Serial – Episode 4 of “20th”


Thanks to my lovely wife and the incomparable Mr. Grigsby for reminding me that people are actually reading this and maybe even liking it. I have reengaged the awesome.



Tim pulled the door open with his eyes closed. He knew it would be Lynn, his girlfriend almost against his will. He was glad that he had met Lynn last year on the 20th. It gave him an excuse to include her in his life. That was all that had happened to him last year, meeting her. He knew it must be important. It was a concept he fought for a long time, long enough that he nearly did end up driving her away.

In the back of his mind, though, he knew it was useless. He met her on the 20th. She was an event. No matter the end result, he knew that she would be a defining part of his life. So he decided that he would rather one day have her be the girl that he lost forever than the girl he let get away.

He opened his eyes after an unexpected moment of silence and was not greeted by Lynn. There was a feeling of vertigo that shot up through Tim’s midsection as if he were on a roller-coaster, g-forces pinning him to the floor.

“Brother.”

Her eyes were Janet’s eyes and not Janet’s eyes all at once. They were the color and hue that he remembered but they were different. They were not dead eyes. As his mind began to recover, he assumed that she must be a ghost. He stammered something that was trying to become a word, but couldn’t look away from her eyes. They were eyes that had lived too much. Eyes that wanted to forget. She looked through him.

She had grown, he realized. Twelve years old when she couldn’t be found, now twelve years gone. Was this what she would look like at 24? Tim didn’t think so, but it certainly wasn’t how she looked at 12. She appeared healthy. Her skin was pale but not without a certain pink hue to it. Her hair hung straight and brown as it always had. Just her eyes spoke of damage. They kept her from seeming whole.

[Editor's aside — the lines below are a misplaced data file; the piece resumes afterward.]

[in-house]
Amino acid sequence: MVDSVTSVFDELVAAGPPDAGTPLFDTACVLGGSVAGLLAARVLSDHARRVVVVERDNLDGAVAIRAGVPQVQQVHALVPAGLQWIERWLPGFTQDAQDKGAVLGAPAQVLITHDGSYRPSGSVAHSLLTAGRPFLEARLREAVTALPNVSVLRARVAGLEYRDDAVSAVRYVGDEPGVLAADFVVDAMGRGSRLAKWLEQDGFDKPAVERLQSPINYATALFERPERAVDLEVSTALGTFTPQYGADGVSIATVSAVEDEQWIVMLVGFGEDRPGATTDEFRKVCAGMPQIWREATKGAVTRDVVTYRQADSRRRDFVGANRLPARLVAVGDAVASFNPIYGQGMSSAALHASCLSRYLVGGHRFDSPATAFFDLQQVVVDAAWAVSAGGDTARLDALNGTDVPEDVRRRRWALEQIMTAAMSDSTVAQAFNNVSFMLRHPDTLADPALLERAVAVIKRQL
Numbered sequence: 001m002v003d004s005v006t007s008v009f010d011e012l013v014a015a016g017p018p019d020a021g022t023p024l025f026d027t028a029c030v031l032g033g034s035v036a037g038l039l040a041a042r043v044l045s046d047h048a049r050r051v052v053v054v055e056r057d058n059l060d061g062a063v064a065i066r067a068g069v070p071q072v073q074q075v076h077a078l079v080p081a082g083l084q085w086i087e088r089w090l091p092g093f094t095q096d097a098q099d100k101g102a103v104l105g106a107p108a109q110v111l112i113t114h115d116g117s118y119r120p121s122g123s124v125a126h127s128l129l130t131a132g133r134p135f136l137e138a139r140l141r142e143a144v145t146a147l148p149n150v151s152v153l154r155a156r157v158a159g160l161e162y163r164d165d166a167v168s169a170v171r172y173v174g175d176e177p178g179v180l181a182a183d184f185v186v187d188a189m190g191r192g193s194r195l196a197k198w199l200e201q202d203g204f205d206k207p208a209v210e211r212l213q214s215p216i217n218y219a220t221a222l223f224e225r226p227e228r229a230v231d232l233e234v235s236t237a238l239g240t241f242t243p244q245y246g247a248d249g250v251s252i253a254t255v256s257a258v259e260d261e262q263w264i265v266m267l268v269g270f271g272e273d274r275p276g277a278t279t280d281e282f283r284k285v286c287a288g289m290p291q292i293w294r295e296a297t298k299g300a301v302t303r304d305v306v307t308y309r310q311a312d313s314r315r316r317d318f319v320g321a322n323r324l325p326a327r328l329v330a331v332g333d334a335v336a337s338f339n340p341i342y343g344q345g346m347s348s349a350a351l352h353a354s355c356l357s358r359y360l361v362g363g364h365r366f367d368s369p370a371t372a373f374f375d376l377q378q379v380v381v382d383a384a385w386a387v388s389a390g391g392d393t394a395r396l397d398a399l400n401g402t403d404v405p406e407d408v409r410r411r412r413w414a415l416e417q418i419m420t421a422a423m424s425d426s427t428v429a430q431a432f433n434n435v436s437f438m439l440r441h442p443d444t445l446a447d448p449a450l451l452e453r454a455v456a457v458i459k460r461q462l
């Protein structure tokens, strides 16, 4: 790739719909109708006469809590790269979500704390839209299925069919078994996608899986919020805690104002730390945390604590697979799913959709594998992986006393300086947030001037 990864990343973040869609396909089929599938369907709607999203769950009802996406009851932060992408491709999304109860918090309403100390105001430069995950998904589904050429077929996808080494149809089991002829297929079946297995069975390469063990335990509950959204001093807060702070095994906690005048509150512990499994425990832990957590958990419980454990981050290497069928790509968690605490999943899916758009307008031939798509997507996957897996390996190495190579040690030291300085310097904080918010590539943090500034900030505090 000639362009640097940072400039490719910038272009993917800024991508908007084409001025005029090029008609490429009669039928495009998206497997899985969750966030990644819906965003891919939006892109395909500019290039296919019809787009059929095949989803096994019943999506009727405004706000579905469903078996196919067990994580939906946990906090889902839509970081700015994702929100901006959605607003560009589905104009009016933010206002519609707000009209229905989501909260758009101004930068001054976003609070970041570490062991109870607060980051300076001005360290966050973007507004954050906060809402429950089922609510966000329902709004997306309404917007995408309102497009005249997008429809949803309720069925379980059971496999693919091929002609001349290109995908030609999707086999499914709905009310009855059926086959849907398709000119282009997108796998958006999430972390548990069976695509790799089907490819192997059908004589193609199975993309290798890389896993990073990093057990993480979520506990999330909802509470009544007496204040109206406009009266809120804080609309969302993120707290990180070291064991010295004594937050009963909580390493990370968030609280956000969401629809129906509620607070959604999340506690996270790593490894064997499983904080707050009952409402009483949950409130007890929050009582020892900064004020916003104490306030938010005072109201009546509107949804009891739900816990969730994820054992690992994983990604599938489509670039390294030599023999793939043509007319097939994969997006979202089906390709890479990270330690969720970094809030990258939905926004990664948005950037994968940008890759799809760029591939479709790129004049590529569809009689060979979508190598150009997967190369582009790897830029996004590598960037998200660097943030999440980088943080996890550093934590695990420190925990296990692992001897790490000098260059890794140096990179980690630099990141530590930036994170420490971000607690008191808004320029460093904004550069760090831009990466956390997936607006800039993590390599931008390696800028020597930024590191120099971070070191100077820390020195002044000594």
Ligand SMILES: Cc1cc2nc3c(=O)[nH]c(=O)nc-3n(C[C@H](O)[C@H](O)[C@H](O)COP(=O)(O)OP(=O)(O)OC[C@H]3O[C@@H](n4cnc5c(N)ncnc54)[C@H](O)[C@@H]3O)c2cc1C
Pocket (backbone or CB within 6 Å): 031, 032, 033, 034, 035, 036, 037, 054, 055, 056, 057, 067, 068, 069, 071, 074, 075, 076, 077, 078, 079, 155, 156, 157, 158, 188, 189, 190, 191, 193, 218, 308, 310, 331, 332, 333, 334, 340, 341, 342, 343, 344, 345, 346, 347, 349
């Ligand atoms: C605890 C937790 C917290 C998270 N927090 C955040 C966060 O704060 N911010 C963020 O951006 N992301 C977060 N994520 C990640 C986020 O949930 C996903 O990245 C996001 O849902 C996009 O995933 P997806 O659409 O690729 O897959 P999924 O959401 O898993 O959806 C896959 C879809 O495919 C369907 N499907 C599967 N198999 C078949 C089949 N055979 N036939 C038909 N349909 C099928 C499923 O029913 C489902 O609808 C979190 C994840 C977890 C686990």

“Brother.”

The repetition jarred him. He still hadn’t spoken. Wasn’t sure if he could speak. She continued to stand and stare, seeing him and not seeing him. Her lips parted again to speak and he found his words again. It was the obvious call and response from their childhood. They rarely referred to one another by name.

“Sister.”

“You look well.”

It couldn’t be anything but a dream, but Tim wasn’t going to try and fool himself. He didn’t lead the kind of life where he could tell himself that oddities were just the byproducts of fantasy and the subconscious. This was something real. Somewhere here was a truth.

“We tried to find you. We couldn’t. We couldn’t do it. Mom never gave up. She’s dead now.” Words started to pour from him, their dam now broken after more than a decade of a weighty conscience.

His parents were dead. He knew this. They had lived their lives, and were fortunate enough at least before his birth to live a life unaffected by whatever blessing or curse befell Tim. Janet did not have this luxury and he didn’t have the luxury of being assured her fate. Was she alive and suffering? Was she dead and unknown? Could Tim call it his fault? His mother spent nearly all her energies while she could still call upon them to impress upon Tim that it was not and that nothing ever would be. This had always seemed a bit too cavalier to Tim.

He kept his guilt like a precious thing. Polishing it and mulling over it during quiet times and tucking it away in a hidden place from others. After these many years, it was almost a thing of beauty. He now reached into those deep recesses to share it, just like an big brother flouting a prize to his little sister.

“We worked with the police. They brought the FBI. They were here for weeks. Mom cried all the time. I told her I didn’t cry, but I cried every day. I would sleep in your room sometimes. Mom came in once and saw me in the bed and thought it was you. I thought she’d never stop crying when she saw that it was me instead.”

Janet made no response. Not a blink. Tim covered up his guilt quickly, like a child with a toy who suspects that his audience is there to share rather than appreciate. This was for Janet. And he was suddenly unsure if this was really her.

When she spoke again, there was an echo to her voice.

“I’m not gone.”

He reached a hand forward to touch her. It was time to determine if she was some phantom to be dispelled. Before he reached her, she spoke again. He was unsure if she moved her lips.

“You could find me.”

The voice sounded as if it came from behind him and Tim whirled in confusion. He didn’t see a body behind him, but Janet’s face stared at him from every reflective surface in the room. She stared out from the television screen, from the mirror, from the window in his kitchen.

He turned to the doorway again and saw her fade at the edges, shimmering like a bubble. He could feel the tears welling in his eyes.

“You look well, brother.” And she smiled. It broke Tim at his core. A sob broke free deep within him and he cried out as he went to touch her hand. As he brushed against her, he had the distinct feeling of warm, living flesh and then she was gone, the contact of his hand being too much for whatever tenuous presence she had.

He found himself on his knees, wracked with sobs, hand on the doorknob instead of his lost sister’s wrist.

And the doorbell rang.

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